Like many Americans, I have struggled recently with my feelings and my own history about racial injustice — feelings which I usually do not openly express.
I grew up in Boulder without a lot of direct exposure to Black people or to other minorities other than Native Americans. Let’s face it. Boulder’s population has been largely white for quite some time. I was certainly told that discrimination against Blacks was wrong, yet I received mixed messages from family and friends – most of whom had also had no exposure to Black people. By innuendo and subtle actions, I was “educated” about the stereotypical Black person who was, for instance, said to be our “intellectually inferior.“ Somehow this bias toward Blacks and other minorities was inculcated in my psyche by a well-meaning greater community.
Did I speak out against these subtle slights of my fellow human? I sure don’t remember doing so. I listened, I assimilated it … and I was silent. I became racially biased. I absorbed “facts” about Blacks which I now know to be blatantly false. My racial bias was fueled by my own ignorance and misinformation.
As I traveled throughout the nation and held various National EMS leadership positions, my exposure to a variety of races and cultures increased significantly. In 2003, I left Boulder to begin a second career with the federal government in Washington, D.C., a city whose non-white population is now the majority. The big city life was a bit of a culture shock to this “small town boy.” The diversity was different, but in a very good way. Washington is now my very favorite city, with its racial and ethnic diversity being one of its most attractive features.
In that context, my ignorance of Blacks and other minorities gave way to a fuller appreciation of and friendship with them. I began supervising Black persons and was supervised by them including, eventually, one of my favorite bosses: David Strickland, the Administrator of the National Highway Traffic Safety Administration, who is among the nicest, brightest and most capable persons I know.
I had the pleasure to work and become close friends with a multi-cultural, multi-racial population. As I came to work the day after President Obama was elected, one of the Black guards at the Department of Transportation greeted me excitedly and said: “Mr. Dawson – it is a whole new day for our county, it is a whole new day for all of us, Black and white, to work together.” Indeed, she was correct and together we were happy for the future.
However, with my racial bias blinders removed, I became acutely aware of so many intransigent problems that were beyond my individual control. I saw racial injustice happening on so many levels.
I saw first-hand, at least anecdotally, the challenges of inequality of employment with Black people having lower paying jobs. I saw the trend of gentrification of neighborhoods displacing traditionally Black neighborhoods. I saw the challenges of homelessness as I walked to the subway each morning. And, I saw the results of disproportionate poverty among Black populations throughout the Washington Metropolitan Area.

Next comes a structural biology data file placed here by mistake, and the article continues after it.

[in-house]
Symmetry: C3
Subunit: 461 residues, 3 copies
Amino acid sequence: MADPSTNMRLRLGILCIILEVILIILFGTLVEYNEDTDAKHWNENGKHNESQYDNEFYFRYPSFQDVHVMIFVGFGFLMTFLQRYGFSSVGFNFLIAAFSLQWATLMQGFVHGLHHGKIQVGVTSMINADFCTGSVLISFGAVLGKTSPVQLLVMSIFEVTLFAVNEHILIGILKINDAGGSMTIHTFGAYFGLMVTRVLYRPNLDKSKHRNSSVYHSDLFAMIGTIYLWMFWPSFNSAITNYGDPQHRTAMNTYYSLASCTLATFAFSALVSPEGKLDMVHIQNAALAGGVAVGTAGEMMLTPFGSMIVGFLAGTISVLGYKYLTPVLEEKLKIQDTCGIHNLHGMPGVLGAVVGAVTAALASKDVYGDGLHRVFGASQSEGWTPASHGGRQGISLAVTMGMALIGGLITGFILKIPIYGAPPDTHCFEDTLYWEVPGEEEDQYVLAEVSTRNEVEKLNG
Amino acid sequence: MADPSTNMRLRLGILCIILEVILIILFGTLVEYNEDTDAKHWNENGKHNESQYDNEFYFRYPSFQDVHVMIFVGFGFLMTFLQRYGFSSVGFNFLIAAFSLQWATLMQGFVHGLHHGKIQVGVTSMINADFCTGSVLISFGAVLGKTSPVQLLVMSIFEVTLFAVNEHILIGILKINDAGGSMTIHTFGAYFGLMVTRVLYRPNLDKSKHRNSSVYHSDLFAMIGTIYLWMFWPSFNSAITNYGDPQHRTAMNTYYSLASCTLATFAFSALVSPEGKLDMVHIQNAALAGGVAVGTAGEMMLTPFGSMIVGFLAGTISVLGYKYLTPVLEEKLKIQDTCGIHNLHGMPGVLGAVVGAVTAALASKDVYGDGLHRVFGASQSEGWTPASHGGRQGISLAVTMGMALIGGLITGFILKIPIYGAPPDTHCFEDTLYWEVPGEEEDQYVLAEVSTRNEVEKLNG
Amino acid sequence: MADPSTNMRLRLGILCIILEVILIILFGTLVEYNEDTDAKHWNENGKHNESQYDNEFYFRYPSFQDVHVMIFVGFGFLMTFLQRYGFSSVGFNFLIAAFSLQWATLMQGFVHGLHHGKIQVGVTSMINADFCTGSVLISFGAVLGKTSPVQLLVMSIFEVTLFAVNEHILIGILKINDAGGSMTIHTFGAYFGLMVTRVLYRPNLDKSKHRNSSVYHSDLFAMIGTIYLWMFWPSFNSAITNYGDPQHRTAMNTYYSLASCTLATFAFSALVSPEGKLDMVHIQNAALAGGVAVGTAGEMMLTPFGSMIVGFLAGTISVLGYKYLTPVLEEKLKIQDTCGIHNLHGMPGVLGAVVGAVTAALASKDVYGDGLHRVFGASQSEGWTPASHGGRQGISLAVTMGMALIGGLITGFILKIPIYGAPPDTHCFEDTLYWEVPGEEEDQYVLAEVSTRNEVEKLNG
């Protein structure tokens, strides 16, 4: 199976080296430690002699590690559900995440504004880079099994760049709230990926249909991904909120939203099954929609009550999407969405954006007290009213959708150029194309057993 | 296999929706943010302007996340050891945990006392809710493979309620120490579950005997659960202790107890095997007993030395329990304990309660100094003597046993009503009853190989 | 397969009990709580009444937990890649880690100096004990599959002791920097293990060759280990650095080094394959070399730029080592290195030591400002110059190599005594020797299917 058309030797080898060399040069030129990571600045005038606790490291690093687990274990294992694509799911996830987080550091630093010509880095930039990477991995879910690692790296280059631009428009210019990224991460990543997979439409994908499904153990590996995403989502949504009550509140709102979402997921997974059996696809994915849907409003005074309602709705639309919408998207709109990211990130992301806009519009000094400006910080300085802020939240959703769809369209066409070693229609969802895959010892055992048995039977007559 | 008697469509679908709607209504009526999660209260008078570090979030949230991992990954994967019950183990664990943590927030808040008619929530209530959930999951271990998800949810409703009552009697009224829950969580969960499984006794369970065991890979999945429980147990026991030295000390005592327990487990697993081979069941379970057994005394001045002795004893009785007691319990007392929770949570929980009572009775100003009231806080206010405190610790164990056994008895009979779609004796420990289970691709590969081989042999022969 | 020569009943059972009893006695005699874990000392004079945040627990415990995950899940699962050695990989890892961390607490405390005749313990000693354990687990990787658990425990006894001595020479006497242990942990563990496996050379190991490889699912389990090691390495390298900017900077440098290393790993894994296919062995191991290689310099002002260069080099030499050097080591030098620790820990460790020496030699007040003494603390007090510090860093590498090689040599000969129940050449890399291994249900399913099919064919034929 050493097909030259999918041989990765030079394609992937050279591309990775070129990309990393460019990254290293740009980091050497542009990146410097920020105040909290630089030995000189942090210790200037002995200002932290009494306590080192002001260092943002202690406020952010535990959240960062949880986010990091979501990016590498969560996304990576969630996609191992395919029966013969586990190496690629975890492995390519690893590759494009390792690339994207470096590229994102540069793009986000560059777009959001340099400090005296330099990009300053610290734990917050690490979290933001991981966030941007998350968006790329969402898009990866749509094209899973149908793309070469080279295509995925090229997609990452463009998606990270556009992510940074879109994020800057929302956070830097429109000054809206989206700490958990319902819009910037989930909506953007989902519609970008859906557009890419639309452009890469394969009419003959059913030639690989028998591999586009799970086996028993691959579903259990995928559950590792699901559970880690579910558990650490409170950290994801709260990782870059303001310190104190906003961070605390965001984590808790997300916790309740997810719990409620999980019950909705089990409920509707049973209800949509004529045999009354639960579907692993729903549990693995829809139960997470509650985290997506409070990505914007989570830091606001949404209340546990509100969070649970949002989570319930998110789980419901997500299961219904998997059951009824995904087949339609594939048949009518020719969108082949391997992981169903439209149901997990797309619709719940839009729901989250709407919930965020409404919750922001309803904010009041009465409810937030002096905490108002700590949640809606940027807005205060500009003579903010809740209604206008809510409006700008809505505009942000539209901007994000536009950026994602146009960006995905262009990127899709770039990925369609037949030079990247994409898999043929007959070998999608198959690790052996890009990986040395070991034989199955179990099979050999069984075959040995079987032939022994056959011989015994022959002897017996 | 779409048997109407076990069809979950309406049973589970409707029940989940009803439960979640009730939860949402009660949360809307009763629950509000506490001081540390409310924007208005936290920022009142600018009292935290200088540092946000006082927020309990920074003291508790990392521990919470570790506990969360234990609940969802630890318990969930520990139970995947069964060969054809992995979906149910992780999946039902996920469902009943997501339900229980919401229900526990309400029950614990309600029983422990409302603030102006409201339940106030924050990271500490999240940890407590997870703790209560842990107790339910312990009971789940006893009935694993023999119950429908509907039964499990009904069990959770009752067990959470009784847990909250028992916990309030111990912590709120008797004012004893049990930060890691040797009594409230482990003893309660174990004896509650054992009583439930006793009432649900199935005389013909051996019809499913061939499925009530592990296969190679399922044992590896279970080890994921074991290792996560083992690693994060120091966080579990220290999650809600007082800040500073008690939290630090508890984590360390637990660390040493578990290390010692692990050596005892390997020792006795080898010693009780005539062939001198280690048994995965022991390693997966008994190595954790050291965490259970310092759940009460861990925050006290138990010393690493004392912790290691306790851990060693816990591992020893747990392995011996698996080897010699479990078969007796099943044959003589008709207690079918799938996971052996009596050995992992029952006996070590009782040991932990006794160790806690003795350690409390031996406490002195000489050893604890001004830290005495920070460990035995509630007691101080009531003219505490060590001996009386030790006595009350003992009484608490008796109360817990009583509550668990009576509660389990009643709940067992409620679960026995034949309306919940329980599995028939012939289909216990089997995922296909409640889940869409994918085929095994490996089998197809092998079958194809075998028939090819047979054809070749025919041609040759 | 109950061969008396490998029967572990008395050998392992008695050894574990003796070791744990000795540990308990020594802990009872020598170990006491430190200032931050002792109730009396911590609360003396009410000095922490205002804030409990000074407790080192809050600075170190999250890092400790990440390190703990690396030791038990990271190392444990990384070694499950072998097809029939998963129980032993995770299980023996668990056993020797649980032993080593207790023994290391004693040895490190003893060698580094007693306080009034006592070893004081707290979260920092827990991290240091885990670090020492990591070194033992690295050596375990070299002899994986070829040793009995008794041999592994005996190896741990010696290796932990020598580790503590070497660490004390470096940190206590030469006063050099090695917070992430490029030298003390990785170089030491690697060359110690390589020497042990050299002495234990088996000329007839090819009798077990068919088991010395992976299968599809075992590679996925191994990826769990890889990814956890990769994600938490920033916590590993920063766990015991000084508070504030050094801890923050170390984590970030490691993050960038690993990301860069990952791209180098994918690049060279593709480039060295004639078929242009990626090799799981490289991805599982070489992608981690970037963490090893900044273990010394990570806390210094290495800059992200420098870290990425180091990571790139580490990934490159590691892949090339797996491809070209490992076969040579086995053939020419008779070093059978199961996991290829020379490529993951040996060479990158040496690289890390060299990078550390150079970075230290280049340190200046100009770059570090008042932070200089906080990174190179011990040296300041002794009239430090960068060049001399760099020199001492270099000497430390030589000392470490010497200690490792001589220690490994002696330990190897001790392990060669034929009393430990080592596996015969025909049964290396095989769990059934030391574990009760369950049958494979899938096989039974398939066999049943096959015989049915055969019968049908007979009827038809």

The differences in access to health care between the Black population and the white population are stark and sad. African Americans are still much more likely to be uninsured than are whites. Black women are much more likely to die of pregnancy-related causes than white women. Chronic disease remains a more serious problem among Blacks. Sadly, Black children are 10 times more likely to die by gun violence than white children.
Because they occur subtly over time, these issues slowly smolder, seldom pricking the public’s conscience. The current highly visible focus of racial injustice, the treatment of Blacks by some law enforcement personnel, ignites protests against both the law enforcement injustice and the other long-standing inequities which have been years in the making.
Overcoming racial inequality, in my estimation, is a greater issue than just changing the practices of some police departments, although that is important. Although it seems trite, each of us must honestly re-assess our own racial biases and make every effort to openly state and overcome them. We must address racial or social injustice on our own day-to-day level. In Montana, we must tackle the problems that contribute to racial injustice among the Native Americans. We should work to improve the health and income of all of our people – regardless of their race.
We can address racial injustice first as individuals and then through our organizations and our governments. It is a complex societal problem that requires attention from the highest levels of government, no question. However, addressing racial injustice starts with each of us. If you see racial injustice, don’t be silent. Say something. Do something.
I know from experience that that is sometimes easier said than done. There are times even today when I wish I had spoken out more openly against racial injustice. I am not always sure how or what to do better. I am, it seems, still learning – and, hopefully, growing.
Drew Dawson lives in Boulder and is a City Councilor.